Sunday, April 8, 2012

There will be blood.

There was blood in my apartment yesterday afternoon. Uncle Slappy's blood. And a pretty picture it wasn't.

Here's what happened. Uncle Slappy and I were in the kitchen, fulfilling a request of my daughter for some latkes for lunch.

For those uninitiated in the rites of Jews, it's Passover now and will be for the next week or so. That means, among other things, that Jews can eat nothing that isn't Passover approved. No flour, no leavening. Latkes--potato pancakes made with matzoh meal as an emulsifier, fit the bill. Beyond that, they are delicious and deliciously, gloriously greasy.

Though Uncle Slappy and I are too anti-religious to follow any such strictures--in the words of Uncle Slappy, "a God who cares what you eat, how you dress or how you pray, should have been paying attention during the holocaust," we respect (though we don't understand) those who follow the myriad rules and regulations most religions demand.

In any event, I had bought for Uncle Slappy and Aunt Sylvie a small vegetable grater, slicer and julienne device and we were testing it out on the Idahos. Slappy in his exuberance began slicing a potato without employing the safety device. In just a minute he had removed a cottage-fry-sized slice of his thumb.

There was blood everywhere and an 85 year-old man spurting blood. My wife jumped into action. Sylvie was in full panic, thinking, though it was just the tip of a thumb, that this was the end of Slappy.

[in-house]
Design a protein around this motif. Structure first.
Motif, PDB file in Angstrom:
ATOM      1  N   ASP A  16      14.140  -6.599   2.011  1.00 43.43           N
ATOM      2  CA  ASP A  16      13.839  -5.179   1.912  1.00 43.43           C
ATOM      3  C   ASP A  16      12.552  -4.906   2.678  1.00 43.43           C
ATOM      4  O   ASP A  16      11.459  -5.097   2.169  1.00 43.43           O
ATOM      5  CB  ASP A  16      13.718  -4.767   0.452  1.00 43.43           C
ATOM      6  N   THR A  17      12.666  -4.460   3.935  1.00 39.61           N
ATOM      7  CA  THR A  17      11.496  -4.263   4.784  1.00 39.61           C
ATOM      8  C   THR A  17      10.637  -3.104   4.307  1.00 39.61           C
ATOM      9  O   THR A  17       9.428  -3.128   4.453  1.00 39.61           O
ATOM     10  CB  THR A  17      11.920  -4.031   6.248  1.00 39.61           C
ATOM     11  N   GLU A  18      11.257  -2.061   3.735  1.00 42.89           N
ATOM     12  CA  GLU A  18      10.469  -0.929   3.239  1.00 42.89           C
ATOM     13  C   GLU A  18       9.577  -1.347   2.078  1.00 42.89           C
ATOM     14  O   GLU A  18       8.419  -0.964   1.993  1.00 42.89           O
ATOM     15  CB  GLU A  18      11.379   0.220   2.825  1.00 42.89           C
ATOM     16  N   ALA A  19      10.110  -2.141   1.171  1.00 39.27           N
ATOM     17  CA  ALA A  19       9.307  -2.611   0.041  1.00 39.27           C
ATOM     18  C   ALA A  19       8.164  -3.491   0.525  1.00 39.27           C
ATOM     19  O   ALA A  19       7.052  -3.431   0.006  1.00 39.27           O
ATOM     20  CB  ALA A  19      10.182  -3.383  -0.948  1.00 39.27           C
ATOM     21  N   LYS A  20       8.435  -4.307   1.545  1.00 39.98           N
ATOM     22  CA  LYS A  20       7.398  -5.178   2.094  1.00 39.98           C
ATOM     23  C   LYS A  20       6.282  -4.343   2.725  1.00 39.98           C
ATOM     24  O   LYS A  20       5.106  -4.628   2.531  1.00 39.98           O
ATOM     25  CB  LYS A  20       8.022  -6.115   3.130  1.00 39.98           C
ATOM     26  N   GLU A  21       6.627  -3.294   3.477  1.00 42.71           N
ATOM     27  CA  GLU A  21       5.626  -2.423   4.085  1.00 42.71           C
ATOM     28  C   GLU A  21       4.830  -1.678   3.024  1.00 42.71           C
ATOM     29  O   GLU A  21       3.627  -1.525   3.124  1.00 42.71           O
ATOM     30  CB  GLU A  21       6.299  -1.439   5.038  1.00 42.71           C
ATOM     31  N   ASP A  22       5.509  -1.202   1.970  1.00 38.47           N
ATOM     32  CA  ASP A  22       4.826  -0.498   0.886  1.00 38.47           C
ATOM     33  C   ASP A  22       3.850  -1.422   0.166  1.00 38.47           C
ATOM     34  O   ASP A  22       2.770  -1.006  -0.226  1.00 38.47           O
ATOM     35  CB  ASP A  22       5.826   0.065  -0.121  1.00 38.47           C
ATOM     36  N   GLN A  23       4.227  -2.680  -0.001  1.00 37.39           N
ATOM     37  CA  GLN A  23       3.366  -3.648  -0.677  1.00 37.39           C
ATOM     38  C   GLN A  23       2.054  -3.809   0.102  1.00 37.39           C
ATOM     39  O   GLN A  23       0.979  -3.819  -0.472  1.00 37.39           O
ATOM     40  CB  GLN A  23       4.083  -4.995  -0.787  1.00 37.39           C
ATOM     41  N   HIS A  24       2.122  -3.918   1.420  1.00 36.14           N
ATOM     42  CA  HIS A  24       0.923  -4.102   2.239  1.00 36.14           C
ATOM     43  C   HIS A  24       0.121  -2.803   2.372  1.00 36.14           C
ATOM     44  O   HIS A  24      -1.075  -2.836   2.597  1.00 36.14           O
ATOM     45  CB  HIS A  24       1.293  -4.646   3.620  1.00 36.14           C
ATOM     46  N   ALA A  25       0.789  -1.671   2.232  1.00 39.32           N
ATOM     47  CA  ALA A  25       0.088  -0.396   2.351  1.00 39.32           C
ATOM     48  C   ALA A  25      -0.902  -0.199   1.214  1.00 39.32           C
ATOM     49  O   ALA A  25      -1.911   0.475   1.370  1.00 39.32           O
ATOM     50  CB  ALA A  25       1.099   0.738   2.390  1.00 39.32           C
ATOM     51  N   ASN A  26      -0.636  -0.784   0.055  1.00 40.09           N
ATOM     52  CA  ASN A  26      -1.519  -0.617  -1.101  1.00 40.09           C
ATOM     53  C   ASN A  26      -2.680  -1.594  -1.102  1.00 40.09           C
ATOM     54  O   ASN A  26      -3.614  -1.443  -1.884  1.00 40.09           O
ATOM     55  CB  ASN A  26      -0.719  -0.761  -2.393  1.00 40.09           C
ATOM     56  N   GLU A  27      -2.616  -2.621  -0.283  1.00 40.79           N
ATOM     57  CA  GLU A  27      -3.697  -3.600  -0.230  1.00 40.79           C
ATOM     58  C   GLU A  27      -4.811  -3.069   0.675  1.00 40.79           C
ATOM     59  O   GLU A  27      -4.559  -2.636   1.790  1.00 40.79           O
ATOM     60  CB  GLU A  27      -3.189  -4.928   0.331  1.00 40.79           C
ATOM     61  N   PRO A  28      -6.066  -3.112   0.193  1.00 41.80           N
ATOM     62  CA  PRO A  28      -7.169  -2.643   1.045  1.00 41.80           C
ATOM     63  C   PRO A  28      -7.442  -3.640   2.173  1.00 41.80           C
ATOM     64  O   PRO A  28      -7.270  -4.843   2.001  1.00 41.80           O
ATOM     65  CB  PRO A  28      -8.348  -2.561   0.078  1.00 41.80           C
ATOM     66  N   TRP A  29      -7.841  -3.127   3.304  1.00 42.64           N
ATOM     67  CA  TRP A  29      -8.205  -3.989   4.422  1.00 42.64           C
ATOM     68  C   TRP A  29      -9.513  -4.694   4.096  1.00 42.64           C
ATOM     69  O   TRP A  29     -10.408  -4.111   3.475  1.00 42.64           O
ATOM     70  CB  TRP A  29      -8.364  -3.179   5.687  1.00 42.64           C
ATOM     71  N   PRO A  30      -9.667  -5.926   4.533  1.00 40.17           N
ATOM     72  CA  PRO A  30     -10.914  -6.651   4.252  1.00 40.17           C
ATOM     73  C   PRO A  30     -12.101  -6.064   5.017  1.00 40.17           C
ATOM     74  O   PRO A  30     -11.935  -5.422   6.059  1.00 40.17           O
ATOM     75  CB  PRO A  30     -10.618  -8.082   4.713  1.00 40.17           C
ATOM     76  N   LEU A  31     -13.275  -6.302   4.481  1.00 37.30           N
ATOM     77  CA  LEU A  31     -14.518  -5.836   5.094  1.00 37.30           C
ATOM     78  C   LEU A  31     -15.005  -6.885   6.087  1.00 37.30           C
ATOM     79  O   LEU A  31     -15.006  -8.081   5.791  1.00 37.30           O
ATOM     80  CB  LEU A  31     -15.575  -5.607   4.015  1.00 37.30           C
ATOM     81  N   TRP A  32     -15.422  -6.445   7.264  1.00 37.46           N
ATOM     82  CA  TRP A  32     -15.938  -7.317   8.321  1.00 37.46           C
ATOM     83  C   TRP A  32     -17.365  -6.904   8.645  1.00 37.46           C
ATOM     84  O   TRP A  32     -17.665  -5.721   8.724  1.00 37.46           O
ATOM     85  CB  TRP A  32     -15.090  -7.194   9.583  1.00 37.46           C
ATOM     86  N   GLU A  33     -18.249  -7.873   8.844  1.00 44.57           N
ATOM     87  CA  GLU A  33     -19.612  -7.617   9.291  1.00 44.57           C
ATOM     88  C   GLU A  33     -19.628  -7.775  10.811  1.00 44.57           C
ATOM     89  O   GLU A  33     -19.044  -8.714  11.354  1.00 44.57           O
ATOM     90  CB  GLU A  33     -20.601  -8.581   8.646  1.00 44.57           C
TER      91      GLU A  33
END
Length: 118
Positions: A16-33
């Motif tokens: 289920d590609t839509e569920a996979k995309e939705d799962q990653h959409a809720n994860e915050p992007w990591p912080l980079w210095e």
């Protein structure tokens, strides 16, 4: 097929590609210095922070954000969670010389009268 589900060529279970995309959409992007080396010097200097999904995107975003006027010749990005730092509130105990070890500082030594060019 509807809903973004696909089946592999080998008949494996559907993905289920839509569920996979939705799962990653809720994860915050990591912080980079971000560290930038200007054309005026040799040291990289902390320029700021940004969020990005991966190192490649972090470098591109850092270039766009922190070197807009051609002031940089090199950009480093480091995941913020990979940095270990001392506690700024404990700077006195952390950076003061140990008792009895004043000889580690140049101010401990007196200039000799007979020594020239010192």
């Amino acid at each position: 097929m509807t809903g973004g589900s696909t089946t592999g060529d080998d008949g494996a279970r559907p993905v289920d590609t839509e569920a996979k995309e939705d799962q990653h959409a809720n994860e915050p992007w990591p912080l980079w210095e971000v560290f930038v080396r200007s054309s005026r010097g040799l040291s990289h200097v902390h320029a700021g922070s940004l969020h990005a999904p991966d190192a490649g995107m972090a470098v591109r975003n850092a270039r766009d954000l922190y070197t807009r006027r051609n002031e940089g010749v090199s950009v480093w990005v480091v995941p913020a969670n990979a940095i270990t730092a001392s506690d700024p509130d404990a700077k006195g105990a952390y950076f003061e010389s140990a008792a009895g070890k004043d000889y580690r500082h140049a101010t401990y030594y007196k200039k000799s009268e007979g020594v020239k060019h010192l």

My wife brought out bandages.

Slappy, who by now had wrapped his thumb in a couple paper napkins, was possessed by an ethereal calm. "A scratch," he said. "It's just from a bloody part of the body."

"Let's go to the hospital," cried Sylvie.

My wife calmly laid gauze over the wound.

"That gauze," Slappy said looking at vintage Johnson & Johnson packaging "is nearly as old as I am."

My wife--this is her unique and unmatched talent--ignored him completely and continued applying tape to Slappy's thumb.

After about 30 minutes, the blood was staunched. Slappy and I returned to making our latkes.

"I think you lost a pint of blood," Aunt Sylvie said.

Slappy paused for a moment and gave it right back to her, "Can I quart you on that?"

And then, as a coupe de grace he proclaimed, "They're not latkes if they don't have a little blood in them."

He reached for the platter and put three latkes on his plate.

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